Uruguayan President Jose Mujica Cordano offered some advice for Americans during a visit to the White House on Monday: learn a foreign language and put down the cigarettes.
Mujica, a farmer and former guerrilla, said the world was in "an arduous fight" against "very strong [corporate] interests" who were promoting tobacco use.
"In the world, 8 million people are dying from smoking" each year, Mujica said, adding, "it's murder."
Philip Morris International, which spun off from American tobacco and food giant Altria in 2008, is currently suing Uruguay at the World Bank’s International Center for Settlement of Investment Disputes, arguing that a 2009 law requiring graphic health warnings on cigarette packs violates intellectual property rights.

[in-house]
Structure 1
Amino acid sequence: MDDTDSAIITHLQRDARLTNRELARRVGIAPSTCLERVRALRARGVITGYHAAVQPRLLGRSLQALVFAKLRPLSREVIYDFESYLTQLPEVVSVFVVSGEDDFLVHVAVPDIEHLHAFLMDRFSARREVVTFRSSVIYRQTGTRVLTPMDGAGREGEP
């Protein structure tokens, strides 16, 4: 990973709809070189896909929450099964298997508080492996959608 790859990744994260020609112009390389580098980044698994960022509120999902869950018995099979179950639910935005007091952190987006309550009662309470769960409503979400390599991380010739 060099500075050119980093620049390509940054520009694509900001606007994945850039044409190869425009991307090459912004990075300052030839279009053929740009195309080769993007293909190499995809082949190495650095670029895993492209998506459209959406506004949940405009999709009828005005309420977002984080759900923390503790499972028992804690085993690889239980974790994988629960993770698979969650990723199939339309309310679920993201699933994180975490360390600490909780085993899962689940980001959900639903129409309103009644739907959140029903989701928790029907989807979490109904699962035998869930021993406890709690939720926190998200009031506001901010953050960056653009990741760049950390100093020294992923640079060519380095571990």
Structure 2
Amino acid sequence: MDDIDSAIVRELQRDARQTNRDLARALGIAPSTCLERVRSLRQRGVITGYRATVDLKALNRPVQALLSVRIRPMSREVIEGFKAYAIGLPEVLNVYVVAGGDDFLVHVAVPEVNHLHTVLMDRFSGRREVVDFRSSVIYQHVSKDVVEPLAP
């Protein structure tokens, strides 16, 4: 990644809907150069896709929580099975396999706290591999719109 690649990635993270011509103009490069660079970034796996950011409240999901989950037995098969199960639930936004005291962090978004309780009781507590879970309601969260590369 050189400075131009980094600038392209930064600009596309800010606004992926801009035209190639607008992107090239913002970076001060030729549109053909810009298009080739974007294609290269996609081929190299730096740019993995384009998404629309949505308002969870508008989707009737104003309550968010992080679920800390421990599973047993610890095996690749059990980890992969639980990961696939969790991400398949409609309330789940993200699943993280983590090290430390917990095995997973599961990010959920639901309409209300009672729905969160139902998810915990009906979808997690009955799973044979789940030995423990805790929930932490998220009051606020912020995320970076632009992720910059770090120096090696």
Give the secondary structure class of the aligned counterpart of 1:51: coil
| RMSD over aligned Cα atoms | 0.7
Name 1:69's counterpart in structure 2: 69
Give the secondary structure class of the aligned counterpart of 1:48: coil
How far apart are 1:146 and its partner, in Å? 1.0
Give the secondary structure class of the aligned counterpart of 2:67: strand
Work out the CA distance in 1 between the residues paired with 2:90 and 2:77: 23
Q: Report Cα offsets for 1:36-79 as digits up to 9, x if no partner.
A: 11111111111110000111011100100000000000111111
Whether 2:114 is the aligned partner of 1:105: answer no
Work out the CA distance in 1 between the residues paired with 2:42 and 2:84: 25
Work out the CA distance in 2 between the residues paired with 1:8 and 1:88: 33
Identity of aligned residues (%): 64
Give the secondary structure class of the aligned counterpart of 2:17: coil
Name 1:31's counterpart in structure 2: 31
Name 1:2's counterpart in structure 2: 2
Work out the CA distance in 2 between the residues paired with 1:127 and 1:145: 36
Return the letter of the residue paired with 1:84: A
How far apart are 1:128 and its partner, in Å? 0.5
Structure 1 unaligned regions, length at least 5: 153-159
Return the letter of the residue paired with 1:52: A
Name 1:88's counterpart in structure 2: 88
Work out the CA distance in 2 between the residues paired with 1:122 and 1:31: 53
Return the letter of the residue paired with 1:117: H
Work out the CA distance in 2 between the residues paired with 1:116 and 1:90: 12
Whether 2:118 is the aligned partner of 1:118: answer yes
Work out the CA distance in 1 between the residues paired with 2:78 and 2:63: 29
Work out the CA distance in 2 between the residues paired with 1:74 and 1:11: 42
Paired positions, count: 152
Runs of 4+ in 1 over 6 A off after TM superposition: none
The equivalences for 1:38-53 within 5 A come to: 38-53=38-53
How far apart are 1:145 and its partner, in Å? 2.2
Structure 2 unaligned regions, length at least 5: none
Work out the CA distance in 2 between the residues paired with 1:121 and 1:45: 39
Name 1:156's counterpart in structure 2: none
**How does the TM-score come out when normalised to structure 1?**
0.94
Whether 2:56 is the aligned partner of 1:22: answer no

The Uruguay government says PMI has demanded $2 billion in the suit — representing 4 percent of Uruguay's annual gross domestic product, and Mujica was expected to lobby the president for help with the lawsuit.
Mujica, known colloquially as the world's "poorest president," lives on his small family chrysanthemum farm outside of Montevideo, rather than in the presidential palace. He also drives an aging Volkswagen Beetle.
He suggested Americans needed to get ready for changing demographics, as the people of Uruguay had.
"We live in a time when we need to learn English — yes, or yes?" he asked. "And you will have to become a bilingual country — yes, or yes? Because the strength of Latin women is admirable, and they will fill this country with people who speak Spanish and Portuguese, too."
This story was updated May 14, 2014 at 8:00 a.m.